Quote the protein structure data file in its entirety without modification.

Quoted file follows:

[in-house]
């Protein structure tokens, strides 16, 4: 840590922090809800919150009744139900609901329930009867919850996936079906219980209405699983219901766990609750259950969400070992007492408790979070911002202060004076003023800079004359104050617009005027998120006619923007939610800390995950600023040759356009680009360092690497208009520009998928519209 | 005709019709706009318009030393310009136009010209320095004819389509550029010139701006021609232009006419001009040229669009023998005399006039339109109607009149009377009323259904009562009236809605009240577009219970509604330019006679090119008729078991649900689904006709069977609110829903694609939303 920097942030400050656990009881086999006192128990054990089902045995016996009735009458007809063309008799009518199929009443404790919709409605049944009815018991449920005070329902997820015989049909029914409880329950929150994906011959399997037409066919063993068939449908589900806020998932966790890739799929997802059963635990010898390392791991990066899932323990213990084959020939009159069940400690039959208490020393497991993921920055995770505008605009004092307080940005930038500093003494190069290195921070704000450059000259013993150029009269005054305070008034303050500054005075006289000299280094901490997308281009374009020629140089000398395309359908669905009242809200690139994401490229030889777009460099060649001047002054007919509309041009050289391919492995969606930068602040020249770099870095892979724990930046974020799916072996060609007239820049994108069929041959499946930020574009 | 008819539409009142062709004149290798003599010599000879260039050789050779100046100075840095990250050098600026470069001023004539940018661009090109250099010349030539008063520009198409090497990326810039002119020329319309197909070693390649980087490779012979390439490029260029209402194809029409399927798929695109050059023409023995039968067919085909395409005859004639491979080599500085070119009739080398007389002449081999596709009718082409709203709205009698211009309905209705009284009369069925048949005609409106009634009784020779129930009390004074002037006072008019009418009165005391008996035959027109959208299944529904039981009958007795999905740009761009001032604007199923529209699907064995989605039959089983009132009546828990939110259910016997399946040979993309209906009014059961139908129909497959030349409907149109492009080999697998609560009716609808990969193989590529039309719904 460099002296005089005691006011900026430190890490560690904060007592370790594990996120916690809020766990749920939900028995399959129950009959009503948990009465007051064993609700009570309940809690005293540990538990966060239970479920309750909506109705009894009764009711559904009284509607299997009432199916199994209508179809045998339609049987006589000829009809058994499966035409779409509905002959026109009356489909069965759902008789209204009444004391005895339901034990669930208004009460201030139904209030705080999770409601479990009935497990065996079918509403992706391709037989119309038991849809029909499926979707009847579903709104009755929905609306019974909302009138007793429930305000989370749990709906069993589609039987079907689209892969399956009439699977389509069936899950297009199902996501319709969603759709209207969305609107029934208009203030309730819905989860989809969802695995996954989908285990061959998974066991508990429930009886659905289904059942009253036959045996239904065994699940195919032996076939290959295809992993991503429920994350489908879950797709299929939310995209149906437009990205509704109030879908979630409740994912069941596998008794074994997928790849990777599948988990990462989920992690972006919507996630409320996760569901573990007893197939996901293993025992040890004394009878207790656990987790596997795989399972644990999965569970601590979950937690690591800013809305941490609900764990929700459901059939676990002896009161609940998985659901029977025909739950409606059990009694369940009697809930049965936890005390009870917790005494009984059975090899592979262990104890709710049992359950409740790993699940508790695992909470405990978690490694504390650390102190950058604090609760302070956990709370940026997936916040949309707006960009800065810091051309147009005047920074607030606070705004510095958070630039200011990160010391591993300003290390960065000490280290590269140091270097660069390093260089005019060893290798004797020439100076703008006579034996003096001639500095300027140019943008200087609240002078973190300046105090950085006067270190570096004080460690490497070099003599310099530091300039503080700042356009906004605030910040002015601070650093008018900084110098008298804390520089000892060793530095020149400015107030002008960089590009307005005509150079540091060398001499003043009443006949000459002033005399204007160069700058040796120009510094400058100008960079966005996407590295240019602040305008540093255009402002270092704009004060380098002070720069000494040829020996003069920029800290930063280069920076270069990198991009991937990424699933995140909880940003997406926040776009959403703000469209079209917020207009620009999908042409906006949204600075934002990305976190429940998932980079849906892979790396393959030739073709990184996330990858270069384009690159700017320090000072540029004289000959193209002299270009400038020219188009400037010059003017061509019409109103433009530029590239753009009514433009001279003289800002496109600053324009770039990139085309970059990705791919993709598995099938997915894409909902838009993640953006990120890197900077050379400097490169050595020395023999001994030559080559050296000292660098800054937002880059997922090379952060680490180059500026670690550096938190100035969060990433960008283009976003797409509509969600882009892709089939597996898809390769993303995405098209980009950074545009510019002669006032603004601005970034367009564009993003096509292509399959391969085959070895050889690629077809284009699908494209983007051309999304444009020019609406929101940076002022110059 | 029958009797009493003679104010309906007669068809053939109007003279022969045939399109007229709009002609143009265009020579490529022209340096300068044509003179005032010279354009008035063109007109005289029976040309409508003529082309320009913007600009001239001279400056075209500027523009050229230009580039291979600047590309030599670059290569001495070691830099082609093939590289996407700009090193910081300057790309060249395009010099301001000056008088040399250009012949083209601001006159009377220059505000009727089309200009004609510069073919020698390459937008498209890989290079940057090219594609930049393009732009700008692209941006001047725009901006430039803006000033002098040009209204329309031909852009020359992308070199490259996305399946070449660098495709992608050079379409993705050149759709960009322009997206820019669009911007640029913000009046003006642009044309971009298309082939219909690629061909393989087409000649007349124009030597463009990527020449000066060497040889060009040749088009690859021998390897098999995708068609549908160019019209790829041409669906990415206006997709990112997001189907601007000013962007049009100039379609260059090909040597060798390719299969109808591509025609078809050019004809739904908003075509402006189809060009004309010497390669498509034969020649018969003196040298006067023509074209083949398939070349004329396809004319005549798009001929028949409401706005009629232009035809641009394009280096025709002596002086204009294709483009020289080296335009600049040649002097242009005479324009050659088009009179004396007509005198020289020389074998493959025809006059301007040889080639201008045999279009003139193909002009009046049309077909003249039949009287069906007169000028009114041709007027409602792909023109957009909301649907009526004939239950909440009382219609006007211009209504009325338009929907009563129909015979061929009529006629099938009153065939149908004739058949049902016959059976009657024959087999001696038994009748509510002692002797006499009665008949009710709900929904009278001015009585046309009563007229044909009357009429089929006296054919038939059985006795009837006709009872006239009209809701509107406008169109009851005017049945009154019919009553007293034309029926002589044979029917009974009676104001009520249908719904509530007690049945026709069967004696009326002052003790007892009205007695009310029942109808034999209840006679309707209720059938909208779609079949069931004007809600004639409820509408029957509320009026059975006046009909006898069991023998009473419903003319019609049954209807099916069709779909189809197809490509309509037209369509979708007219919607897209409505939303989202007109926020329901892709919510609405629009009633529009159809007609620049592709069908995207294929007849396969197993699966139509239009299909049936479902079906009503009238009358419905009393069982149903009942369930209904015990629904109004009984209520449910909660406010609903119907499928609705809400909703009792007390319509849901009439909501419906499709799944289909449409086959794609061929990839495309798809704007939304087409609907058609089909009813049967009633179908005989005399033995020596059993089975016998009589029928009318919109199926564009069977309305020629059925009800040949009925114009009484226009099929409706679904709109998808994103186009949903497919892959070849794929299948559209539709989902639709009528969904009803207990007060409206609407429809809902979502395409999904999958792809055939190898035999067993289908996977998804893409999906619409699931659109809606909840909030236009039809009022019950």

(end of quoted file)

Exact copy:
[in-house]
């Protein structure tokens, strides 16, 4: 840590922090809800919150009744139900609901329930009867919850996936079906219980209405699983219901766990609750259950969400070992007492408790979070911002202060004076003023800079004359104050617009005027998120006619923007939610800390995950600023040759356009680009360092690497208009520009998928519209 | 005709019709706009318009030393310009136009010209320095004819389509550029010139701006021609232009006419001009040229669009023998005399006039339109109607009149009377009323259904009562009236809605009240577009219970509604330019006679090119008729078991649900689904006709069977609110829903694609939303 920097942030400050656990009881086999006192128990054990089902045995016996009735009458007809063309008799009518199929009443404790919709409605049944009815018991449920005070329902997820015989049909029914409880329950929150994906011959399997037409066919063993068939449908589900806020998932966790890739799929997802059963635990010898390392791991990066899932323990213990084959020939009159069940400690039959208490020393497991993921920055995770505008605009004092307080940005930038500093003494190069290195921070704000450059000259013993150029009269005054305070008034303050500054005075006289000299280094901490997308281009374009020629140089000398395309359908669905009242809200690139994401490229030889777009460099060649001047002054007919509309041009050289391919492995969606930068602040020249770099870095892979724990930046974020799916072996060609007239820049994108069929041959499946930020574009 | 008819539409009142062709004149290798003599010599000879260039050789050779100046100075840095990250050098600026470069001023004539940018661009090109250099010349030539008063520009198409090497990326810039002119020329319309197909070693390649980087490779012979390439490029260029209402194809029409399927798929695109050059023409023995039968067919085909395409005859004639491979080599500085070119009739080398007389002449081999596709009718082409709203709205009698211009309905209705009284009369069925048949005609409106009634009784020779129930009390004074002037006072008019009418009165005391008996035959027109959208299944529904039981009958007795999905740009761009001032604007199923529209699907064995989605039959089983009132009546828990939110259910016997399946040979993309209906009014059961139908129909497959030349409907149109492009080999697998609560009716609808990969193989590529039309719904 460099002296005089005691006011900026430190890490560690904060007592370790594990996120916690809020766990749920939900028995399959129950009959009503948990009465007051064993609700009570309940809690005293540990538990966060239970479920309750909506109705009894009764009711559904009284509607299997009432199916199994209508179809045998339609049987006589000829009809058994499966035409779409509905002959026109009356489909069965759902008789209204009444004391005895339901034990669930208004009460201030139904209030705080999770409601479990009935497990065996079918509403992706391709037989119309038991849809029909499926979707009847579903709104009755929905609306019974909302009138007793429930305000989370749990709906069993589609039987079907689209892969399956009439699977389509069936899950297009199902996501319709969603759709209207969305609107029934208009203030309730819905989860989809969802695995996954989908285990061959998974066991508990429930009886659905289904059942009253036959045996239904065994699940195919032996076939290959295809992993991503429920994350489908879950797709299929939310995209149906437009990205509704109030879908979630409740994912069941596998008794074994997928790849990777599948988990990462989920992690972006919507996630409320996760569901573990007893197939996901293993025992040890004394009878207790656990987790596997795989399972644990999965569970601590979950937690690591800013809305941490609900764990929700459901059939676990002896009161609940998985659901029977025909739950409606059990009694369940009697809930049965936890005390009870917790005494009984059975090899592979262990104890709710049992359950409740790993699940508790695992909470405990978690490694504390650390102190950058604090609760302070956990709370940026997936916040949309707006960009800065810091051309147009005047920074607030606070705004510095958070630039200011990160010391591993300003290390960065000490280290590269140091270097660069390093260089005019060893290798004797020439100076703008006579034996003096001639500095300027140019943008200087609240002078973190300046105090950085006067270190570096004080460690490497070099003599310099530091300039503080700042356009906004605030910040002015601070650093008018900084110098008298804390520089000892060793530095020149400015107030002008960089590009307005005509150079540091060398001499003043009443006949000459002033005399204007160069700058040796120009510094400058100008960079966005996407590295240019602040305008540093255009402002270092704009004060380098002070720069000494040829020996003069920029800290930063280069920076270069990198991009991937990424699933995140909880940003997406926040776009959403703000469209079209917020207009620009999908042409906006949204600075934002990305976190429940998932980079849906892979790396393959030739073709990184996330990858270069384009690159700017320090000072540029004289000959193209002299270009400038020219188009400037010059003017061509019409109103433009530029590239753009009514433009001279003289800002496109600053324009770039990139085309970059990705791919993709598995099938997915894409909902838009993640953006990120890197900077050379400097490169050595020395023999001994030559080559050296000292660098800054937002880059997922090379952060680490180059500026670690550096938190100035969060990433960008283009976003797409509509969600882009892709089939597996898809390769993303995405098209980009950074545009510019002669006032603004601005970034367009564009993003096509292509399959391969085959070895050889690629077809284009699908494209983007051309999304444009020019609406929101940076002022110059 | 029958009797009493003679104010309906007669068809053939109007003279022969045939399109007229709009002609143009265009020579490529022209340096300068044509003179005032010279354009008035063109007109005289029976040309409508003529082309320009913007600009001239001279400056075209500027523009050229230009580039291979600047590309030599670059290569001495070691830099082609093939590289996407700009090193910081300057790309060249395009010099301001000056008088040399250009012949083209601001006159009377220059505000009727089309200009004609510069073919020698390459937008498209890989290079940057090219594609930049393009732009700008692209941006001047725009901006430039803006000033002098040009209204329309031909852009020359992308070199490259996305399946070449660098495709992608050079379409993705050149759709960009322009997206820019669009911007640029913000009046003006642009044309971009298309082939219909690629061909393989087409000649007349124009030597463009990527020449000066060497040889060009040749088009690859021998390897098999995708068609549908160019019209790829041409669906990415206006997709990112997001189907601007000013962007049009100039379609260059090909040597060798390719299969109808591509025609078809050019004809739904908003075509402006189809060009004309010497390669498509034969020649018969003196040298006067023509074209083949398939070349004329396809004319005549798009001929028949409401706005009629232009035809641009394009280096025709002596002086204009294709483009020289080296335009600049040649002097242009005479324009050659088009009179004396007509005198020289020389074998493959025809006059301007040889080639201008045999279009003139193909002009009046049309077909003249039949009287069906007169000028009114041709007027409602792909023109957009909301649907009526004939239950909440009382219609006007211009209504009325338009929907009563129909015979061929009529006629099938009153065939149908004739058949049902016959059976009657024959087999001696038994009748509510002692002797006499009665008949009710709900929904009278001015009585046309009563007229044909009357009429089929006296054919038939059985006795009837006709009872006239009209809701509107406008169109009851005017049945009154019919009553007293034309029926002589044979029917009974009676104001009520249908719904509530007690049945026709069967004696009326002052003790007892009205007695009310029942109808034999209840006679309707209720059938909208779609079949069931004007809600004639409820509408029957509320009026059975006046009909006898069991023998009473419903003319019609049954209807099916069709779909189809197809490509309509037209369509979708007219919607897209409505939303989202007109926020329901892709919510609405629009009633529009159809007609620049592709069908995207294929007849396969197993699966139509239009299909049936479902079906009503009238009358419905009393069982149903009942369930209904015990629904109004009984209520449910909660406010609903119907499928609705809400909703009792007390319509849901009439909501419906499709799944289909449409086959794609061929990839495309798809704007939304087409609907058609089909009813049967009633179908005989005399033995020596059993089975016998009589029928009318919109199926564009069977309305020629059925009800040949009925114009009484226009099929409706679904709109998808994103186009949903497919892959070849794929299948559209539709989902639709009528969904009803207990007060409206609407429809809902979502395409999904999958792809055939190898035999067993289908996977998804893409999906619409699931659109809606909840909030236009039809009022019950």